Sarah Payne killer Roy Whiting's jail term reduced

Sara Payne: "It could have been a lot worse."

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Sarah Payne's murderer Roy Whiting has had his 50-year jail term reduced by 10 years by a High Court judge.

Whiting, 51, was not present to hear the decision on the number of years he must spend behind bars before he can apply for parole.

Sarah's mother, Sara, was in court and said she was "disappointed" by the decision and "life should mean life".

Whiting was jailed for life in 2001 for the kidnap and murder of eight-year-old Sarah, from West Sussex.

The 50-year tariff was set by the then-Home Secretary David Blunkett.

Roy Whiting Roy Whiting was originally jailed for life with a minimum term of 50 years

Whiting appealed against his tariff and judge Mr Justice Simon concluded the "appropriate" minimum term was a period of 40 years.

Speaking outside the court in central London, Mrs Payne said the family was "reeling" from the decision but admitted it "could have been a lot worse".

The child protection campaigner said the 50-year tariff had sent out a "good message".

"He will remain a danger to children as long as he lives and breathes," she added.


It was an occasion Sara Payne had dreaded since Roy Whiting's appeal against his 50-year tariff was launched four years ago.

She was spared facing the man who murdered her eight-year-old daughter, Sarah, a decade ago - Whiting was not present at the hearing lasting less than five minutes.

The Payne family reacted with quiet dignity - an occasional hand on shoulder, or comforting embrace, the only clues to their feelings.

Wearing badges marked "For Sarah" - the little girl's face smiling out - they slowly made their way out of the Royal Courts of Justice.

Mrs Payne moved slowly, using a stick - the effects of the stroke she suffered at Christmas.

But addressing TV crews outside was the same tireless campaigner who was appointed MBE.

Her message - that British justice should do more for victims - was unchanged: "The family don't get a parole date."

"The family don't get a parole date. There's no end to this. This is our life from now on."

After announcing the new minimum term, the judge invited the courtroom to "pause and remember Sarah Payne, who would now be 18 if she had not been murdered".

The original tariff meant Whiting would not be considered for release until he was in his 90s.

Mr Justice Simon said the time spent on remand - 234 days - must be deducted from the new 40-year minimum term.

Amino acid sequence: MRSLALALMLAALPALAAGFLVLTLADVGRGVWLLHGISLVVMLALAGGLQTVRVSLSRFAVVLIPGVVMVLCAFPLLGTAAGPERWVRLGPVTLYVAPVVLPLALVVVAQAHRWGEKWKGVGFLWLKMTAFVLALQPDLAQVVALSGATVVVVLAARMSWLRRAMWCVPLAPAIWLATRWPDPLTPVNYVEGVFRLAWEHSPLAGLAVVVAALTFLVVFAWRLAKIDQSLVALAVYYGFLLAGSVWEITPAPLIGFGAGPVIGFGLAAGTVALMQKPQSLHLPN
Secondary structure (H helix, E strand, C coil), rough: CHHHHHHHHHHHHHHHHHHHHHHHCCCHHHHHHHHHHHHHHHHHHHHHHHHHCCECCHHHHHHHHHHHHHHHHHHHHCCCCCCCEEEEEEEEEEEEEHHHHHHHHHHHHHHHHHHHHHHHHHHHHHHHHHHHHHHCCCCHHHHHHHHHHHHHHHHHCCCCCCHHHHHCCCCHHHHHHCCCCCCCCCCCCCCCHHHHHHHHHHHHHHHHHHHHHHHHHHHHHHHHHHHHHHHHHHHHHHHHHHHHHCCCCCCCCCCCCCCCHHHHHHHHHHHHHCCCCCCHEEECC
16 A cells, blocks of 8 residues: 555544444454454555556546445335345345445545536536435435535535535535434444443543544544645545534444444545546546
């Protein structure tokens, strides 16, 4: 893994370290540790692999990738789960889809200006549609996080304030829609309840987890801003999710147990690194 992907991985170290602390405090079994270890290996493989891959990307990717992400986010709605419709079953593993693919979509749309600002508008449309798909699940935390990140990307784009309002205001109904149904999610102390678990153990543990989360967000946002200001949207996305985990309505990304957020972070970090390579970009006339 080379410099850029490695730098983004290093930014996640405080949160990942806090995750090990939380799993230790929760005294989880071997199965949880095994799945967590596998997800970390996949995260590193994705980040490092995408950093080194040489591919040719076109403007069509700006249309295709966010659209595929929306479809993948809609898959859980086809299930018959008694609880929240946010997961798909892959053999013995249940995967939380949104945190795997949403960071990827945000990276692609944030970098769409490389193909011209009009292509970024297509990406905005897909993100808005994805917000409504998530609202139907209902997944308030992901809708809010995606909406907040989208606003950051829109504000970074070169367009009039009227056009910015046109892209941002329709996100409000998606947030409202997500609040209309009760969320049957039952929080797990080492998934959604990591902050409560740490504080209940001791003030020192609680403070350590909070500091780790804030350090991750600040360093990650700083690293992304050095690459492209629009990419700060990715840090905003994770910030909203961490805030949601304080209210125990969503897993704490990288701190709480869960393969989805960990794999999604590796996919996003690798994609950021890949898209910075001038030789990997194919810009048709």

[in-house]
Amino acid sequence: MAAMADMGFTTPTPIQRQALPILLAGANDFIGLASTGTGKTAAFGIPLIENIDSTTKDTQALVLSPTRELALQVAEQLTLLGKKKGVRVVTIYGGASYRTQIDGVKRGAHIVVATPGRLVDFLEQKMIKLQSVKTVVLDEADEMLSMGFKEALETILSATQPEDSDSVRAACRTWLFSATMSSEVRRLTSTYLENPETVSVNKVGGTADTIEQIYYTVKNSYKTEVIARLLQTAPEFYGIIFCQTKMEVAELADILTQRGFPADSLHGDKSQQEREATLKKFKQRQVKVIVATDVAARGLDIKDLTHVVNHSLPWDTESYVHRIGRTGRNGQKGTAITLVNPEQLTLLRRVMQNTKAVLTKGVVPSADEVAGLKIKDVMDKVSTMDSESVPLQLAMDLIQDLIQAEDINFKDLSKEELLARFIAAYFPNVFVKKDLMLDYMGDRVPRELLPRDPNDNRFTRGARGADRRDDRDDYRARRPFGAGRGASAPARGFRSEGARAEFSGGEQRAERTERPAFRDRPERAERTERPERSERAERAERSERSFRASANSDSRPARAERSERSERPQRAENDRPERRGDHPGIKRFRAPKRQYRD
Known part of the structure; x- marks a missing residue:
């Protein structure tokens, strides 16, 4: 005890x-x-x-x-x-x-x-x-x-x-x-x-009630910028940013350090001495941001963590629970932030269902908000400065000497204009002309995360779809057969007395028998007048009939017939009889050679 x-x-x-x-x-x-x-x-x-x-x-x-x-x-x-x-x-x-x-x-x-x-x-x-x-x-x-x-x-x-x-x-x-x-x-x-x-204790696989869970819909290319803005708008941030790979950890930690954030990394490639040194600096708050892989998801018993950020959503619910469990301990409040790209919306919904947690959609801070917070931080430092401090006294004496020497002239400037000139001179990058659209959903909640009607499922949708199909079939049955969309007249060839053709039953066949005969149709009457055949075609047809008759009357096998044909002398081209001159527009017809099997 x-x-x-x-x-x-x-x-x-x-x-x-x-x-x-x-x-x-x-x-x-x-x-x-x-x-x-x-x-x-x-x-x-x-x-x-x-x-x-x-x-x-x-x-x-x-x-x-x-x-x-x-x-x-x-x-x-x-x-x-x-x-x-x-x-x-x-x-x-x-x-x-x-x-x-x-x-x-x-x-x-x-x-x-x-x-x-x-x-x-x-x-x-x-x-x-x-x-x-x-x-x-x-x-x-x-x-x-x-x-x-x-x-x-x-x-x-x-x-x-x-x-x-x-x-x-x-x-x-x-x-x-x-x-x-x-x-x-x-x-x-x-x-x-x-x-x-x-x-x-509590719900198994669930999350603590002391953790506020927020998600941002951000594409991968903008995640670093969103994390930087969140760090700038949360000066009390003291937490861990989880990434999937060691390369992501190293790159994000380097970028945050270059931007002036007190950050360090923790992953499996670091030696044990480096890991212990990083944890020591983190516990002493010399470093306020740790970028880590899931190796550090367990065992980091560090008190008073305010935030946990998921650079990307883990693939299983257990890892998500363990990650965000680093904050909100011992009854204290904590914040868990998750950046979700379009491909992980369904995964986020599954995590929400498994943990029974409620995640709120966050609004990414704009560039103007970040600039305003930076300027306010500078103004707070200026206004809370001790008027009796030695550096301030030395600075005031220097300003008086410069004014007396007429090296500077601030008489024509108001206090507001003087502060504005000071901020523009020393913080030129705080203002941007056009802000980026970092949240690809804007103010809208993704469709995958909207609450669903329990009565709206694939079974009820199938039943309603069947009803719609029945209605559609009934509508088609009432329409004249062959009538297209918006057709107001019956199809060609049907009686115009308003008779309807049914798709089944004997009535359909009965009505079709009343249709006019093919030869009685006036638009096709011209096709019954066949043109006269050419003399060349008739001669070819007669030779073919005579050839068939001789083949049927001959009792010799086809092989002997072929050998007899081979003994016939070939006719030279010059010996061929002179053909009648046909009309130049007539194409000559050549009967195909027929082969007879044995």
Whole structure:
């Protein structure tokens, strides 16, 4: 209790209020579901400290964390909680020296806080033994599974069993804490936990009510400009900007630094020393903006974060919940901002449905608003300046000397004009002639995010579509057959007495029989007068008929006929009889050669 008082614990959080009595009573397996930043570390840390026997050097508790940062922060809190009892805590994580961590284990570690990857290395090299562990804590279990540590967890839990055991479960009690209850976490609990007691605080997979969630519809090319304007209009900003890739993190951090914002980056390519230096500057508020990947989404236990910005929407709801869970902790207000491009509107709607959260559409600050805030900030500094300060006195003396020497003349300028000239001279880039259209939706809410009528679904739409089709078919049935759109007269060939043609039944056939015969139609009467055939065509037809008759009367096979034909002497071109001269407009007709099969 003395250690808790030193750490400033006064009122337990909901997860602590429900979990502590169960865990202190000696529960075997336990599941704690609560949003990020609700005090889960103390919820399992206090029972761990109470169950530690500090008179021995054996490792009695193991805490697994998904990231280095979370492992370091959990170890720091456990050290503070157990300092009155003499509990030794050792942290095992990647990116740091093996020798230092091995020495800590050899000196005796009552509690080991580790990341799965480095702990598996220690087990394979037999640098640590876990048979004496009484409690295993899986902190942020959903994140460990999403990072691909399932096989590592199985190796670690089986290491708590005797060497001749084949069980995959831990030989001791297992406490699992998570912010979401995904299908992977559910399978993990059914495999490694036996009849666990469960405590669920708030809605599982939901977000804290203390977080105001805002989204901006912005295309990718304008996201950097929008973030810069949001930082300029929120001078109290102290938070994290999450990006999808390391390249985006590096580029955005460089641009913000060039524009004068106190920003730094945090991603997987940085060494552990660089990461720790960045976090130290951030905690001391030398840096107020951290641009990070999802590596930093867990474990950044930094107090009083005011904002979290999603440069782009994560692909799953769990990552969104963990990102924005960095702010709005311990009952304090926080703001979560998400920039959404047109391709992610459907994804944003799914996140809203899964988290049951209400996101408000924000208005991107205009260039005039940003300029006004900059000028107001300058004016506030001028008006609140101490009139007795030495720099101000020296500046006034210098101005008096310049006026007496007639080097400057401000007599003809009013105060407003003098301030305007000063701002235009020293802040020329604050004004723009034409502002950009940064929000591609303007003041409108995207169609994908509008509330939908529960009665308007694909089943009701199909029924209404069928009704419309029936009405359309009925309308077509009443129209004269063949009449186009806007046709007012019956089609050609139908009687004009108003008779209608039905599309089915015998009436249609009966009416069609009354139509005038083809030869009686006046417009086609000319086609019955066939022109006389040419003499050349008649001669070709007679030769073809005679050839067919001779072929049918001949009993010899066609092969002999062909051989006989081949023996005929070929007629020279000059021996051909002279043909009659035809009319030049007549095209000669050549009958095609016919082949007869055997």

But he stressed the sentence on Whiting remained imprisonment for life and he would be detained "unless and until the parole board is satisfied that he no longer presents a risk to the public".

"Even if the parole board decides then, or at some time in the future, to authorise his release, he will be on licence for the rest of his life," he added.

Life sentences are mandatory for people aged over 21 who are convicted of murder.

Between 1983 and 2002, home secretaries could declare the minimum term life prisoners should serve before being considered for parole.

And it was this power which David Blunkett used to impose a 50-year tariff on Whiting, virtually ensuring he would never be released.

Sarah Payne Sarah Payne would now be 18 years old

Whiting's lawyers argued that his tariff was politically motivated and that Mr Blunkett knew his powers were about to be stripped when he imposed the 50-year term.

Judges now set the tariffs and while there are minimum term guidelines, they do not have to follow them. However, they must explain their decision if they choose not to.

Mr Justice Simon said that if Whiting's minimum term had been set under today's regime, "the appropriate starting point would have been a whole life order".

Sarah was snatched by Whiting, a convicted sex offender, in July 2000 near the home of her grandparents in West Sussex.

After a huge search, her body was discovered in a field 16 days later off the A29 at Pulborough.

Since the murder, her mother has campaigned tirelessly for victims' rights and for a change in the law to publicise where sex offenders live.

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